|Publication number||US5935366 A|
|Application number||US 08/694,145|
|Publication date||10 Aug 1999|
|Filing date||8 Aug 1996|
|Priority date||7 Sep 1995|
|Publication number||08694145, 694145, US 5935366 A, US 5935366A, US-A-5935366, US5935366 A, US5935366A|
|Inventors||James P. Wood|
|Original Assignee||Eli Lilly And Company|
|Export Citation||BiBTeX, EndNote, RefMan|
|Patent Citations (14), Referenced by (3), Classifications (16), Legal Events (6)|
|External Links: USPTO, USPTO Assignment, Espacenet|
This application claims benefit of provisional application 60/003,348, filed Sept. 7, 1995.
The present invention relates generally to the containment of a toxic or hazardous substance during a cleaning process, and more particularly to the use of water-soluble polymers as sealed containers for enabling the cleaning of materials without toxic exposure to human operators. The present invention includes a number of different embodiments such as those detailed below. Other applications of the present invention are also possible.
The use of water soluble films as packaging materials is well known in the art. Such is proposed in U.S. Pat. Nos. 5,070,126; 5,272,191; and 5,389,724. The '191 patent (column 2, lines 61-68 through column 3, lines 1-29) discloses a variety of water soluble polymers. The present invention may incorporate any of these materials as suitable for the purposes of the present invention. Although polyvinyl alcohol-based films are disclosed in detail, other water soluble polymers may be used instead.
In one embodiment, the present invention relates to flexible tubing connections for powder transfer from one piece of process equipment to another. The flexible tubing is conventionally made of polyethylene or similar material. Currently, the internal components of process equipment are cleaned by clean-in-place (CIP) systems, which require removal of the flexible tube from the metal tubes of the equipment to allow the CIP piping to be attached to the metal tubes. This process is illustrated in FIGS. 1A-1D. Specifically, FIG. 1A shows a flexible tube or chute 10 between rigid tubes or pipes 12 and 14. Referring to FIG. 1B, end 16 of flexible tube 10 is removed from end 18 of rigid tube 14 to enable CIP piping to be attached to end 18. Upon removal of end 16 from end 18, residual powders migrate from the tube openings into breathing zones, which can create a hazard to the human operator. FIGS. 1C and 1D illustrate the attachment of CIP piping 20 to opening 18 of tube 14.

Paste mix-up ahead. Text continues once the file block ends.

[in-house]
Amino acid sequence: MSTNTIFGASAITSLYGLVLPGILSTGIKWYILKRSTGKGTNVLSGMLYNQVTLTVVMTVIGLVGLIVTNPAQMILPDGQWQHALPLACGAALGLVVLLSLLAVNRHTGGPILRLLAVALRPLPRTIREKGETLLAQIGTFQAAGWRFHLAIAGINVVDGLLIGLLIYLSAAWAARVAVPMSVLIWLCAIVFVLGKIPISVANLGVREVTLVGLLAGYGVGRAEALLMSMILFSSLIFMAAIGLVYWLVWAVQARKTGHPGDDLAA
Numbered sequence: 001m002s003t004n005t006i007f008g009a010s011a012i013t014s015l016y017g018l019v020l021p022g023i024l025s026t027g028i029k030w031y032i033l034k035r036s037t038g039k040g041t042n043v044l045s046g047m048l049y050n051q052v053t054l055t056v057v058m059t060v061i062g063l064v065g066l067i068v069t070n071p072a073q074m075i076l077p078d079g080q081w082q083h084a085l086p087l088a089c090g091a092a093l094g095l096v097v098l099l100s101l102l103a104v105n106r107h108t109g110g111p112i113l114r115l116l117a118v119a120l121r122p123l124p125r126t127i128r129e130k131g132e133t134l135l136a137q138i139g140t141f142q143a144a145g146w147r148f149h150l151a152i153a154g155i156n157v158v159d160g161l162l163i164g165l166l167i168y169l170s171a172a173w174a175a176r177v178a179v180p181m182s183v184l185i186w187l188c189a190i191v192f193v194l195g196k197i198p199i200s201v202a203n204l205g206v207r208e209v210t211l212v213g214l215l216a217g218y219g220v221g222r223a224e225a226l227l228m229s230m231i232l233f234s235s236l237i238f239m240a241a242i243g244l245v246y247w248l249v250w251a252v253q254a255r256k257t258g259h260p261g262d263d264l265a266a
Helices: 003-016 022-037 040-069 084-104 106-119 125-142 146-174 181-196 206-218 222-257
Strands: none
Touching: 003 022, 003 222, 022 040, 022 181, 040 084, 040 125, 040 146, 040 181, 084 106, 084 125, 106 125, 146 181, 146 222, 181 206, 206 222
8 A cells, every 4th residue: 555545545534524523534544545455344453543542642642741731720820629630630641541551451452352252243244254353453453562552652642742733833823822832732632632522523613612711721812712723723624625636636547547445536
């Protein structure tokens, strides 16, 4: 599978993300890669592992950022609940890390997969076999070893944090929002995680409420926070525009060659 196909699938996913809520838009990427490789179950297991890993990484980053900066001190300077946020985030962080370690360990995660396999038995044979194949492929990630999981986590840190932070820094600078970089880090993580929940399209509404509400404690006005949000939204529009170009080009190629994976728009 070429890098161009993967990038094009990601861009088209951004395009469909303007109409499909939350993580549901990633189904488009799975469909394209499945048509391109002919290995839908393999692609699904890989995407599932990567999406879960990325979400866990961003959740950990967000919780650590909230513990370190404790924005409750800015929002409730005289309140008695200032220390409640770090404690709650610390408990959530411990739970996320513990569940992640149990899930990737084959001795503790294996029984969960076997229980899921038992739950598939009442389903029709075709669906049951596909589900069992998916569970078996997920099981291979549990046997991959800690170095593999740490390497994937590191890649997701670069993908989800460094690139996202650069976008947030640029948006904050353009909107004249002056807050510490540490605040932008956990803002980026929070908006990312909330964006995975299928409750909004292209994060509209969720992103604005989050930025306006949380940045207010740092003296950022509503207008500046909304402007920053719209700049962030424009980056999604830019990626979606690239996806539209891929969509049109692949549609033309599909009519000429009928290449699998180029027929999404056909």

It is desired to provide a process by which CIP piping may be connected to the rigid tubes without allowing residual powders in the metal tubes or the flexible tubes to migrate into breathing zones upon separating the flexible tubing from the metal tubes. The present invention solves this problem by providing a flexible tubing made of a water soluble material that dissolves or melts in the presence of water. Materials that are suitable are water soluble polymer-based materials such as polyvinyl alcohol (PVA). However, as noted above other water soluble polymers are suitable for this application. In one embodiment, the flexible tubing is formed from a stock material sold under the trade name MONO-SOL, available from Chris-Craft Industrial Products, Inc. This particular material comprises about 79% PVA resin, about 20.5% plasticizers, and small amounts of magnesium stearate and sodium bisulfite. Of course other water soluble polymers having a different percentage of PVA could also be suitable.
FIGS. 1A-1D illustrate a prior art clean-in-place process using flexible connections.
FIGS. 2A-2E illustrate a clean-in-place approach in accordance with the present invention using a soluble material.
FIG. 3 illustrates a prior art glove bag.
FIG. 4 illustrates a glove bag in accordance with the present invention.
The novel process of powder containment during cleaning is illustrated in FIGS. 2A-2E. FIG. 2A shows the PVA-based flexible tubing 110 attached to rigid tubes 12 and 14. As shown in FIG. 2B, the first step in the process is to crimp tubing 110 at some point along its longitudinal axis and then seal the tubing at the crimp point. One desirable method of sealing involves tightly taping the tubing 110 at the crimp point with a water-dissolvable tape 112, such as Scotch brand No. 5414 water soluble tape, commercially available from 3M Corporation. An alternative method is to heat-seal a seam across the material. Heat sealing methods include direct thermal conduction or indirect methods, such as radio frequency welds, etc. The taping or sealing process forms two portions of tubing 110, an upper portion 114 and a lower portion 116. As a result of the sealing process, flow communication between portions 114 and 116 is prevented. After tubing 110 has been sealed, the tape or seal 112 is severed to form two sealed ends 118 and 120, as illustrated in FIG. 2C. Sealed ends 118 and 120 effectively prevent the migration of dust from tubing portions 114, 116 into the outside environment. The CIP tubing 20 is then placed over the desired flexible tubing portion (e.g. portion 116) and attached to rigid tubing 14, as shown in FIGS. 2D and 2E. The CIP process begins with a water rinse that dissolves flexible tubing portion 116, resulting in water flow into or out of CIP tubing 20, as indicated by arrow 130. The cleaning and rinse cycles can then be run.